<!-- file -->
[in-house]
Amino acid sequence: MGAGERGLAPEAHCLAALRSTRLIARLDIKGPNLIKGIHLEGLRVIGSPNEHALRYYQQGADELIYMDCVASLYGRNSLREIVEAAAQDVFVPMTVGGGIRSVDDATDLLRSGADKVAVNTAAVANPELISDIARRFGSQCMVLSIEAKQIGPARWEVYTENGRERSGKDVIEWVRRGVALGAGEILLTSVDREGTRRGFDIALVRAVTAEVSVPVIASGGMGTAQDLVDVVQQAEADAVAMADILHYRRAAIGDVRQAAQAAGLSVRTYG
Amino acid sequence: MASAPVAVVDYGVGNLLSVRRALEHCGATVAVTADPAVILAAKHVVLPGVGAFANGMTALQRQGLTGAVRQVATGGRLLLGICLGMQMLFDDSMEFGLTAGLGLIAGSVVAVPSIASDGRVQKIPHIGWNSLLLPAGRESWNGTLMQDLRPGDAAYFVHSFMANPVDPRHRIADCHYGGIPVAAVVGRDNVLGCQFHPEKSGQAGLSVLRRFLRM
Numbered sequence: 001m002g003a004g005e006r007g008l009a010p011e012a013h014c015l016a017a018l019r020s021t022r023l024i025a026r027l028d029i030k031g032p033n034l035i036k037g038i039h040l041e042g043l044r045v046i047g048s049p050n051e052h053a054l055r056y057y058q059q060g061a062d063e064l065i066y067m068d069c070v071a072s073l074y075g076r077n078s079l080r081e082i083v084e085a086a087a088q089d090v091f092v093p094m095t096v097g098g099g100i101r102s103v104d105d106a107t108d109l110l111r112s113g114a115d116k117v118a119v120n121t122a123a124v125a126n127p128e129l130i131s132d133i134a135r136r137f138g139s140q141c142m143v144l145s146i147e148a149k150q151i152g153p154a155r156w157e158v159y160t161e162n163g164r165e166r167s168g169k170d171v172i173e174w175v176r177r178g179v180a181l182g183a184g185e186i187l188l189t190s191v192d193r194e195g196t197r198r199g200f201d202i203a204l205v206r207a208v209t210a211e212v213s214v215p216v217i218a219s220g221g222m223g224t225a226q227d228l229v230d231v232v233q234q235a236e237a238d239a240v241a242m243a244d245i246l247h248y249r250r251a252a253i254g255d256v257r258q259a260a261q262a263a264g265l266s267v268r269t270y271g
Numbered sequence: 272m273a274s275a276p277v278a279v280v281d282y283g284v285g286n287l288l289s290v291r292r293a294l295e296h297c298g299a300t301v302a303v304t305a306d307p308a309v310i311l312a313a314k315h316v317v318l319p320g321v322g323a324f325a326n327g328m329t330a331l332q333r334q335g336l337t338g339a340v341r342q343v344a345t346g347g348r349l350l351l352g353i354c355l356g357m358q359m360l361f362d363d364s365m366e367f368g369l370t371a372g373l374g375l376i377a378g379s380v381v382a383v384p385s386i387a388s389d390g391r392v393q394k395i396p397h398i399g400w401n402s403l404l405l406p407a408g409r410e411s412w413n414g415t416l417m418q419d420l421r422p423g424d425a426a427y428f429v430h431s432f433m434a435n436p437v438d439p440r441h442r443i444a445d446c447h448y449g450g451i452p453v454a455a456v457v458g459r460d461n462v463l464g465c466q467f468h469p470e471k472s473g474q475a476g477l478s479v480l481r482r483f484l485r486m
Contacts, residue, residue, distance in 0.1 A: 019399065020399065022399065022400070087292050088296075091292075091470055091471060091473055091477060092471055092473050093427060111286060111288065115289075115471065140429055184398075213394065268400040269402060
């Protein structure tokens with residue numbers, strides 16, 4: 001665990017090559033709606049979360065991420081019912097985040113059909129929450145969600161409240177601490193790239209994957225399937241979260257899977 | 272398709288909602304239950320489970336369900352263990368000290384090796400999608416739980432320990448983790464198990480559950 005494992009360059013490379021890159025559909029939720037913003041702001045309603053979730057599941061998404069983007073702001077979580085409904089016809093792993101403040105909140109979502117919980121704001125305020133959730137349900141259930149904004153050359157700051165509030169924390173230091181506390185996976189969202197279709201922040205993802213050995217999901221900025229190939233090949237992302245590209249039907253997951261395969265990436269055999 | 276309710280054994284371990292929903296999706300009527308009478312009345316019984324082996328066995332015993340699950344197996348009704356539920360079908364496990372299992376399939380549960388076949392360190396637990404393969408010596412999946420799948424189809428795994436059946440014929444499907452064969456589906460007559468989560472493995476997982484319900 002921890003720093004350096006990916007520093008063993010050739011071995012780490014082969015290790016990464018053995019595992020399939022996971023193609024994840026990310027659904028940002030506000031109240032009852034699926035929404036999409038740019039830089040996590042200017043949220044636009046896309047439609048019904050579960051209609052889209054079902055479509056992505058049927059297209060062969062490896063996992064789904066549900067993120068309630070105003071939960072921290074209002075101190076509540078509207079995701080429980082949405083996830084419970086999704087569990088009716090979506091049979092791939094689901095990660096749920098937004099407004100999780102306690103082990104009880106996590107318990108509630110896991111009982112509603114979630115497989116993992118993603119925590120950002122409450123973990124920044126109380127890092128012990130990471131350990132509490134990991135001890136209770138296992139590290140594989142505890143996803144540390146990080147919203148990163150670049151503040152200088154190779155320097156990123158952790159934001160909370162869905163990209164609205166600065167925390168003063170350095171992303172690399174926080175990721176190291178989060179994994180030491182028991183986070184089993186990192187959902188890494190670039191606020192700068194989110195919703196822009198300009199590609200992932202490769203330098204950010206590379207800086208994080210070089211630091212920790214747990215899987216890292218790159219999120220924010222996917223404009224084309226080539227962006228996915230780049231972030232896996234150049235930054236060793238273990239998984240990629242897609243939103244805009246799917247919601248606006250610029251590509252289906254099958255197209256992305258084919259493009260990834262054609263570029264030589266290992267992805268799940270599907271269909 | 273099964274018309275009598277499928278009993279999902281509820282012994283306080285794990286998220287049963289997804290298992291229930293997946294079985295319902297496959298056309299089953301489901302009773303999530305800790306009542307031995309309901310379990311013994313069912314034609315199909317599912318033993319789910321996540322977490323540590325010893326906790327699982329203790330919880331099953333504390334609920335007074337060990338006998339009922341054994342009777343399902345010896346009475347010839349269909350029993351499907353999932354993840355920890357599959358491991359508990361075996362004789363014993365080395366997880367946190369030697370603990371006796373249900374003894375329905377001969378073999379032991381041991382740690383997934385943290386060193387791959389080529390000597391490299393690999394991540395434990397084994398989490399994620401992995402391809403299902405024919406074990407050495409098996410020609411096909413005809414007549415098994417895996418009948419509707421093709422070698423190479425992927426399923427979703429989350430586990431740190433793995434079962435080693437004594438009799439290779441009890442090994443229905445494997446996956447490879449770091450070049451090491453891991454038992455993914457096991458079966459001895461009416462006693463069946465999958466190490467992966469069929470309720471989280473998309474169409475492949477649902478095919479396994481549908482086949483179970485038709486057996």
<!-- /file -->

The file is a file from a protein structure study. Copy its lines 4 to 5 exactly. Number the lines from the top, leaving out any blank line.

Numbered sequence: 001m002g003a004g005e006r007g008l009a010p011e012a013h014c015l016a017a018l019r020s021t022r023l024i025a026r027l028d029i030k031g032p033n034l035i036k037g038i039h040l041e042g043l044r045v046i047g048s049p050n051e052h053a054l055r056y057y058q059q060g061a062d063e064l065i066y067m068d069c070v071a072s073l074y075g076r077n078s079l080r081e082i083v084e085a086a087a088q089d090v091f092v093p094m095t096v097g098g099g100i101r102s103v104d105d106a107t108d109l110l111r112s113g114a115d116k117v118a119v120n121t122a123a124v125a126n127p128e129l130i131s132d133i134a135r136r137f138g139s140q141c142m143v144l145s146i147e148a149k150q151i152g153p154a155r156w157e158v159y160t161e162n163g164r165e166r167s168g169k170d171v172i173e174w175v176r177r178g179v180a181l182g183a184g185e186i187l188l189t190s191v192d193r194e195g196t197r198r199g200f201d202i203a204l205v206r207a208v209t210a211e212v213s214v215p216v217i218a219s220g221g222m223g224t225a226q227d228l229v230d231v232v233q234q235a236e237a238d239a240v241a242m243a244d245i246l247h248y249r250r251a252a253i254g255d256v257r258q259a260a261q262a263a264g265l266s267v268r269t270y271g
Numbered sequence: 272m273a274s275a276p277v278a279v280v281d282y283g284v285g286n287l288l289s290v291r292r293a294l295e296h297c298g299a300t301v302a303v304t305a306d307p308a309v310i311l312a313a314k315h316v317v318l319p320g321v322g323a324f325a326n327g328m329t330a331l332q333r334q335g336l337t338g339a340v341r342q343v344a345t346g347g348r349l350l351l352g353i354c355l356g357m358q359m360l361f362d363d364s365m366e367f368g369l370t371a372g373l374g375l376i377a378g379s380v381v382a383v384p385s386i387a388s389d390g391r392v393q394k395i396p397h398i399g400w401n402s403l404l405l406p407a408g409r410e411s412w413n414g415t416l417m418q419d420l421r422p423g424d425a426a427y428f429v430h431s432f433m434a435n436p437v438d439p440r441h442r443i444a445d446c447h448y449g450g451i452p453v454a455a456v457v458g459r460d461n462v463l464g465c466q467f468h469p470e471k472s473g474q475a476g477l478s479v480l481r482r483f484l485r486m